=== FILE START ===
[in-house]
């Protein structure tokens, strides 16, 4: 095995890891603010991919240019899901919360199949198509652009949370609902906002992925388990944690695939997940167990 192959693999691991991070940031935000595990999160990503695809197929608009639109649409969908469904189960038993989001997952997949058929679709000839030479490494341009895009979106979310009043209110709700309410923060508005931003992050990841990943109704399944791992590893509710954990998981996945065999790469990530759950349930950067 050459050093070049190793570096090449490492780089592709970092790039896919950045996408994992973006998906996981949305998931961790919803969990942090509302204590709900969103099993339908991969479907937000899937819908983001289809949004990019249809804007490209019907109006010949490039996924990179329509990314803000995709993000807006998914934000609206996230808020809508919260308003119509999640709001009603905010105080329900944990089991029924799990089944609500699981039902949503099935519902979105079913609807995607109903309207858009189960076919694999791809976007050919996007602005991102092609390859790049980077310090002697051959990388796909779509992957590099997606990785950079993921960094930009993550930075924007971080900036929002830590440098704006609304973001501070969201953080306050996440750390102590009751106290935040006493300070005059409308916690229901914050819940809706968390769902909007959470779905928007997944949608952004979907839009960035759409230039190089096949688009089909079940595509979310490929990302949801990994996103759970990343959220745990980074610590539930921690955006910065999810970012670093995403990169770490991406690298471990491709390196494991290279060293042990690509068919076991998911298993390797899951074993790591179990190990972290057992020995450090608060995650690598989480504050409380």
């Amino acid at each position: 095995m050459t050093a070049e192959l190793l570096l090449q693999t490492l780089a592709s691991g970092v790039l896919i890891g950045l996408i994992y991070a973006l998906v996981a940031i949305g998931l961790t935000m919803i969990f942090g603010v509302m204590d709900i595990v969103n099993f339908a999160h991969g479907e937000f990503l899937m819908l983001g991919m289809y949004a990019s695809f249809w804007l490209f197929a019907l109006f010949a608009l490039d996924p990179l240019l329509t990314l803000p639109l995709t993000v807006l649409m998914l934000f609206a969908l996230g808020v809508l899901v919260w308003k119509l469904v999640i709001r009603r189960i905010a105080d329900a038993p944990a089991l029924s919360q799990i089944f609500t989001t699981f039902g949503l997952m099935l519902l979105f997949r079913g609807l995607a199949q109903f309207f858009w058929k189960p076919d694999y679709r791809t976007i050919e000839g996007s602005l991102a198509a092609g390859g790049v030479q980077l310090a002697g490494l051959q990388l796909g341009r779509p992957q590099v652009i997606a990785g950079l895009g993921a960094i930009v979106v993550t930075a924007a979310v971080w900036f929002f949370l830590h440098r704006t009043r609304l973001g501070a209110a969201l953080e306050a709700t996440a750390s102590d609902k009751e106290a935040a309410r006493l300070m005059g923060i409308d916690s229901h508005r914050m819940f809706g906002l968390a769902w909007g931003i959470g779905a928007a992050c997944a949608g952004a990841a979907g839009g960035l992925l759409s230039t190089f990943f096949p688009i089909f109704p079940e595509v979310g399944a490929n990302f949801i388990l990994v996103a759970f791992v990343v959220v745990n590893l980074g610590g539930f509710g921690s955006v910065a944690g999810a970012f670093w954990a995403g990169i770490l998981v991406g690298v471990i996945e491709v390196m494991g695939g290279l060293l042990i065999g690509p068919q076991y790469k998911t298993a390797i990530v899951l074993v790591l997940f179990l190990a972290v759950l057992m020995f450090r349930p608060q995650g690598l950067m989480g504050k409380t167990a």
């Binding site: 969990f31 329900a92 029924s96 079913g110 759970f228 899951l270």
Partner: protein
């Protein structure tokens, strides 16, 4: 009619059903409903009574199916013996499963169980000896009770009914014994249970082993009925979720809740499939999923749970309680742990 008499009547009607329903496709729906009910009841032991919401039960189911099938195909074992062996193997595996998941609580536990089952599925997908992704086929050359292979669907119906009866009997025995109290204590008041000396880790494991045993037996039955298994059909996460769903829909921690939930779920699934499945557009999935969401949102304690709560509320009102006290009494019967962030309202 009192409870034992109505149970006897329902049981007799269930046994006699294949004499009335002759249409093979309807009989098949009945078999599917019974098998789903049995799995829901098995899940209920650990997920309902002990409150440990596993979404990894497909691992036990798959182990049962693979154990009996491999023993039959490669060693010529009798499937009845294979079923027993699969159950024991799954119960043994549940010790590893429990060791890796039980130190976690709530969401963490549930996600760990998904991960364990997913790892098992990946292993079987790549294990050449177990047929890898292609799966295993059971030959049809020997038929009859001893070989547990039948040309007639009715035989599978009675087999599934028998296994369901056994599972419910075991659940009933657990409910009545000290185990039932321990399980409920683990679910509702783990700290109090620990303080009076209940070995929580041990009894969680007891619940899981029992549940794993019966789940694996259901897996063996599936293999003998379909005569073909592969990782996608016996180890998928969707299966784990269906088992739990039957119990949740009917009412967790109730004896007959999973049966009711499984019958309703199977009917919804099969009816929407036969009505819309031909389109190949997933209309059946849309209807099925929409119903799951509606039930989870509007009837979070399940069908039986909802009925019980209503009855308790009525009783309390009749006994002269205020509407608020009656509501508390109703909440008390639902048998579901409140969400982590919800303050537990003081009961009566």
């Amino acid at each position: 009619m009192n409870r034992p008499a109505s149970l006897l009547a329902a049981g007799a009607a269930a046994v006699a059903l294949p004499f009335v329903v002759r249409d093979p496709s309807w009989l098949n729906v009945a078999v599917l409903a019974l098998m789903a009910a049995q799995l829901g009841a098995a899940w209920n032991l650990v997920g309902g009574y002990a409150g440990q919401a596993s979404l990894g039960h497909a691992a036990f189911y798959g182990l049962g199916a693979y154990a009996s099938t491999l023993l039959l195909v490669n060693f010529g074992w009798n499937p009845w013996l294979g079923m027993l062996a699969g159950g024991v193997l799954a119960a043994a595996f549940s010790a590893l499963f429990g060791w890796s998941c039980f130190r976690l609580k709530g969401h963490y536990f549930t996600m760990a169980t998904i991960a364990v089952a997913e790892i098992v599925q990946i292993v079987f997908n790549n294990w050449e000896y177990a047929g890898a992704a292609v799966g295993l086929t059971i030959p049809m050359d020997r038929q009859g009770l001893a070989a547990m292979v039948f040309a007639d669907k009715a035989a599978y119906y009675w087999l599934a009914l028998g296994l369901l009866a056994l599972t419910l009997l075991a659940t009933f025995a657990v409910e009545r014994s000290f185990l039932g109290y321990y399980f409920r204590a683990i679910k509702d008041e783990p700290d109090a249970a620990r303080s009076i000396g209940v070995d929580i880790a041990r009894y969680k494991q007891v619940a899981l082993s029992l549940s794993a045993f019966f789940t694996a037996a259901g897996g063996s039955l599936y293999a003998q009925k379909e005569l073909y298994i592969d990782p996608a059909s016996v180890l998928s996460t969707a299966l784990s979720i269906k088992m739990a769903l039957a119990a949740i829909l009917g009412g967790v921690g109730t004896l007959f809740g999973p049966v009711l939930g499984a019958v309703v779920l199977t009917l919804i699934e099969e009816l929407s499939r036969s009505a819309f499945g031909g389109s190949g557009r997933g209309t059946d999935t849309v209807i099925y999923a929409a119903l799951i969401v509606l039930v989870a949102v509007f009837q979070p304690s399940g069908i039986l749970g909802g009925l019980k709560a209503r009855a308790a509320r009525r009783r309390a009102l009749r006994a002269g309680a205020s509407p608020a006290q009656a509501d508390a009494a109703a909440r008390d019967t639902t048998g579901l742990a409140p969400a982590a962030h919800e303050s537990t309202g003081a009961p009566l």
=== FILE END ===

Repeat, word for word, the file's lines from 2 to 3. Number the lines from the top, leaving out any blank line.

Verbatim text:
């Protein structure tokens, strides 16, 4: 095995890891603010991919240019899901919360199949198509652009949370609902906002992925388990944690695939997940167990 192959693999691991991070940031935000595990999160990503695809197929608009639109649409969908469904189960038993989001997952997949058929679709000839030479490494341009895009979106979310009043209110709700309410923060508005931003992050990841990943109704399944791992590893509710954990998981996945065999790469990530759950349930950067 050459050093070049190793570096090449490492780089592709970092790039896919950045996408994992973006998906996981949305998931961790919803969990942090509302204590709900969103099993339908991969479907937000899937819908983001289809949004990019249809804007490209019907109006010949490039996924990179329509990314803000995709993000807006998914934000609206996230808020809508919260308003119509999640709001009603905010105080329900944990089991029924799990089944609500699981039902949503099935519902979105079913609807995607109903309207858009189960076919694999791809976007050919996007602005991102092609390859790049980077310090002697051959990388796909779509992957590099997606990785950079993921960094930009993550930075924007971080900036929002830590440098704006609304973001501070969201953080306050996440750390102590009751106290935040006493300070005059409308916690229901914050819940809706968390769902909007959470779905928007997944949608952004979907839009960035759409230039190089096949688009089909079940595509979310490929990302949801990994996103759970990343959220745990980074610590539930921690955006910065999810970012670093995403990169770490991406690298471990491709390196494991290279060293042990690509068919076991998911298993390797899951074993790591179990190990972290057992020995450090608060995650690598989480504050409380």
């Amino acid at each position: 095995m050459t050093a070049e192959l190793l570096l090449q693999t490492l780089a592709s691991g970092v790039l896919i890891g950045l996408i994992y991070a973006l998906v996981a940031i949305g998931l961790t935000m919803i969990f942090g603010v509302m204590d709900i595990v969103n099993f339908a999160h991969g479907e937000f990503l899937m819908l983001g991919m289809y949004a990019s695809f249809w804007l490209f197929a019907l109006f010949a608009l490039d996924p990179l240019l329509t990314l803000p639109l995709t993000v807006l649409m998914l934000f609206a969908l996230g808020v809508l899901v919260w308003k119509l469904v999640i709001r009603r189960i905010a105080d329900a038993p944990a089991l029924s919360q799990i089944f609500t989001t699981f039902g949503l997952m099935l519902l979105f997949r079913g609807l995607a199949q109903f309207f858009w058929k189960p076919d694999y679709r791809t976007i050919e000839g996007s602005l991102a198509a092609g390859g790049v030479q980077l310090a002697g490494l051959q990388l796909g341009r779509p992957q590099v652009i997606a990785g950079l895009g993921a960094i930009v979106v993550t930075a924007a979310v971080w900036f929002f949370l830590h440098r704006t009043r609304l973001g501070a209110a969201l953080e306050a709700t996440a750390s102590d609902k009751e106290a935040a309410r006493l300070m005059g923060i409308d916690s229901h508005r914050m819940f809706g906002l968390a769902w909007g931003i959470g779905a928007a992050c997944a949608g952004a990841a979907g839009g960035l992925l759409s230039t190089f990943f096949p688009i089909f109704p079940e595509v979310g399944a490929n990302f949801i388990l990994v996103a759970f791992v990343v959220v745990n590893l980074g610590g539930f509710g921690s955006v910065a944690g999810a970012f670093w954990a995403g990169i770490l998981v991406g690298v471990i996945e491709v390196m494991g695939g290279l060293l042990i065999g690509p068919q076991y790469k998911t298993a390797i990530v899951l074993v790591l997940f179990l190990a972290v759950l057992m020995f450090r349930p608060q995650g690598l950067m989480g504050k409380t167990a």